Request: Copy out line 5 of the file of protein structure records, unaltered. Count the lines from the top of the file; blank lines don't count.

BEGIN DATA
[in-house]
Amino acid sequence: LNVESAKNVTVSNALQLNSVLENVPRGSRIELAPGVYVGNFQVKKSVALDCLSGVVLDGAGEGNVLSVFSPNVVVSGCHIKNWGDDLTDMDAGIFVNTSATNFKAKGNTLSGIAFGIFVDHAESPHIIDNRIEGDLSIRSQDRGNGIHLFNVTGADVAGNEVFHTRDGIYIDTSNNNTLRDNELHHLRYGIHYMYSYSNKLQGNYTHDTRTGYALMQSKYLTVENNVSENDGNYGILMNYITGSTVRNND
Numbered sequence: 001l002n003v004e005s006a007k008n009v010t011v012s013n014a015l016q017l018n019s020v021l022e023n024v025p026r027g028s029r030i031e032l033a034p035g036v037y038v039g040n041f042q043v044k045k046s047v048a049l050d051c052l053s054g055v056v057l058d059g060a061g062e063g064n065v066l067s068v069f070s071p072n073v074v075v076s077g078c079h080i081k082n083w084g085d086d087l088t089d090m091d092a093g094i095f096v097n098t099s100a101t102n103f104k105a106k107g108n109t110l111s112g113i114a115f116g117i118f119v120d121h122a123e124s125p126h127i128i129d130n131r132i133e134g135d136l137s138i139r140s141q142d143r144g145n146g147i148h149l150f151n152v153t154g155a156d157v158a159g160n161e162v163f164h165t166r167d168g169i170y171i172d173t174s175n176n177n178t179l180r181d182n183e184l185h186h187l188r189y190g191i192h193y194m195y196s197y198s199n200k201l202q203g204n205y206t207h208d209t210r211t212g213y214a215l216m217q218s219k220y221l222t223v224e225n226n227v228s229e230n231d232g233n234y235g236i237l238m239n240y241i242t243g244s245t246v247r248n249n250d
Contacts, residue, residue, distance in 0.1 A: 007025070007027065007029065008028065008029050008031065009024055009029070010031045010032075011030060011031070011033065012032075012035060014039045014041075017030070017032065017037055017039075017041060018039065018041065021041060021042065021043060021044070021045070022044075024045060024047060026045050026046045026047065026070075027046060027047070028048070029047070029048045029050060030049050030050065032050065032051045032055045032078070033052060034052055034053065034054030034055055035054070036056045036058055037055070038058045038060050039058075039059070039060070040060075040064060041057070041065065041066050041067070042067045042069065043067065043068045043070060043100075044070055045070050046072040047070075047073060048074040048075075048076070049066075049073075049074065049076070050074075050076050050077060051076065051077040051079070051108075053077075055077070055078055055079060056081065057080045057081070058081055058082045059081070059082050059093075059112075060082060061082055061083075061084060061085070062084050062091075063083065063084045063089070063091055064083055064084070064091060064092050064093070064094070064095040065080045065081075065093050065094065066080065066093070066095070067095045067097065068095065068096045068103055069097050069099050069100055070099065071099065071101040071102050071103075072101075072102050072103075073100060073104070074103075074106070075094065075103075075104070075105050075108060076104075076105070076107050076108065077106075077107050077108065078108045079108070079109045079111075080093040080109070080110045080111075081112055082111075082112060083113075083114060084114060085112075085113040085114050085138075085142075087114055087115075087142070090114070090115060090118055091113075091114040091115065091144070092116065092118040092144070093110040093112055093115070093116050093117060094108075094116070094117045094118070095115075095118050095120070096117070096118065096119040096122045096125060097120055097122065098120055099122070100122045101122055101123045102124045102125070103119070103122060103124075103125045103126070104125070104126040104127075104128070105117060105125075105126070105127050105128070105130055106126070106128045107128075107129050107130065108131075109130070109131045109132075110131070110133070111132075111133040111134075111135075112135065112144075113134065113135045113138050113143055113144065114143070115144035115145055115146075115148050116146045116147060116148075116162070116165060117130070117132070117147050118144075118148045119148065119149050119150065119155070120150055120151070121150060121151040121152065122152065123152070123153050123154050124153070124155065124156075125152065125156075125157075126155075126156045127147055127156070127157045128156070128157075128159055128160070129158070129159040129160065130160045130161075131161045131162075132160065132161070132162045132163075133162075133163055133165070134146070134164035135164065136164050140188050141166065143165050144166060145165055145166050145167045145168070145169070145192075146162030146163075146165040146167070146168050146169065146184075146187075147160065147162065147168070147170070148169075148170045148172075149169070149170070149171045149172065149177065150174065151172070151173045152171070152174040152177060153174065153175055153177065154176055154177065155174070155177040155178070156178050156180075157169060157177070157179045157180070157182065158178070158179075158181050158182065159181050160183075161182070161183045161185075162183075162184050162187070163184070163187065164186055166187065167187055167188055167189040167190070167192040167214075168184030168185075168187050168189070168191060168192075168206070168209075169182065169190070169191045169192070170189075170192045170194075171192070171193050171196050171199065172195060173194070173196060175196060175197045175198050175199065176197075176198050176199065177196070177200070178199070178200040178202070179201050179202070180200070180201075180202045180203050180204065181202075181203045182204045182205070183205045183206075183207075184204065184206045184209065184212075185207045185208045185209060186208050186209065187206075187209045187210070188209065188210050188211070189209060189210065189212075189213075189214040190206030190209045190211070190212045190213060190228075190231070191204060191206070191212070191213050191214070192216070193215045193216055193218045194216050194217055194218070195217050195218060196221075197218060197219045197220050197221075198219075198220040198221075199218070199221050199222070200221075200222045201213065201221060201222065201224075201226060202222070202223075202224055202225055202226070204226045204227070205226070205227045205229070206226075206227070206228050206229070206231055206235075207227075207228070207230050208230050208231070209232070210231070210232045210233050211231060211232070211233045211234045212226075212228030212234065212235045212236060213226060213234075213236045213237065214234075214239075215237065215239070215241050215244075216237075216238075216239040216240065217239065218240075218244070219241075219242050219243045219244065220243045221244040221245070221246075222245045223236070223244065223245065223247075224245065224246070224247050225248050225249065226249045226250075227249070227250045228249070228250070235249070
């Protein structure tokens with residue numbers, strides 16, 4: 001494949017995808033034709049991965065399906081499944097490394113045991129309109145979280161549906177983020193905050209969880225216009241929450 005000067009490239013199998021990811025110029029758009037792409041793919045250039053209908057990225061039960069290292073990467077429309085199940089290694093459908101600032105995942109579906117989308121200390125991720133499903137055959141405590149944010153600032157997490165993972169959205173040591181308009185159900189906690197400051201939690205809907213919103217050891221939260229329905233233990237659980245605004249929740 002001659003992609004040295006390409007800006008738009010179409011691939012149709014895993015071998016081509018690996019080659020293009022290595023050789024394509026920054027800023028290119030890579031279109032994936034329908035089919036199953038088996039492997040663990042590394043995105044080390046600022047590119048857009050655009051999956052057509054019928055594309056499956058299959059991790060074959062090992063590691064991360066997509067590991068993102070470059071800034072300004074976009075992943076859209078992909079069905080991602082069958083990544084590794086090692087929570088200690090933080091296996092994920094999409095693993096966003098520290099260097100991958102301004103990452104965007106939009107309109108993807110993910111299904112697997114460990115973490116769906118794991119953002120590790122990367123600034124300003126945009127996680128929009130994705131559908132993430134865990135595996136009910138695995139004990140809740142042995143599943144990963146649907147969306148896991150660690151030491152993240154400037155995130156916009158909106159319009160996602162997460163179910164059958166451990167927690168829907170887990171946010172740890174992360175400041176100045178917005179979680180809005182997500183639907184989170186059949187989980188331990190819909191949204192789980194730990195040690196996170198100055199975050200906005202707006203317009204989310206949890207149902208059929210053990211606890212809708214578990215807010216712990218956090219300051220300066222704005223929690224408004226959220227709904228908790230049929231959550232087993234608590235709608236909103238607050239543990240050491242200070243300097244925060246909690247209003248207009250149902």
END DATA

């Protein structure tokens with residue numbers, strides 16, 4: 001494949017995808033034709049991965065399906081499944097490394113045991129309109145979280161549906177983020193905050209969880225216009241929450 005000067009490239013199998021990811025110029029758009037792409041793919045250039053209908057990225061039960069290292073990467077429309085199940089290694093459908101600032105995942109579906117989308121200390125991720133499903137055959141405590149944010153600032157997490165993972169959205173040591181308009185159900189906690197400051201939690205809907213919103217050891221939260229329905233233990237659980245605004249929740 002001659003992609004040295006390409007800006008738009010179409011691939012149709014895993015071998016081509018690996019080659020293009022290595023050789024394509026920054027800023028290119030890579031279109032994936034329908035089919036199953038088996039492997040663990042590394043995105044080390046600022047590119048857009050655009051999956052057509054019928055594309056499956058299959059991790060074959062090992063590691064991360066997509067590991068993102070470059071800034072300004074976009075992943076859209078992909079069905080991602082069958083990544084590794086090692087929570088200690090933080091296996092994920094999409095693993096966003098520290099260097100991958102301004103990452104965007106939009107309109108993807110993910111299904112697997114460990115973490116769906118794991119953002120590790122990367123600034124300003126945009127996680128929009130994705131559908132993430134865990135595996136009910138695995139004990140809740142042995143599943144990963146649907147969306148896991150660690151030491152993240154400037155995130156916009158909106159319009160996602162997460163179910164059958166451990167927690168829907170887990171946010172740890174992360175400041176100045178917005179979680180809005182997500183639907184989170186059949187989980188331990190819909191949204192789980194730990195040690196996170198100055199975050200906005202707006203317009204989310206949890207149902208059929210053990211606890212809708214578990215807010216712990218956090219300051220300066222704005223929690224408004226959220227709904228908790230049929231959550232087993234608590235709608236909103238607050239543990240050491242200070243300097244925060246909690247209003248207009250149902």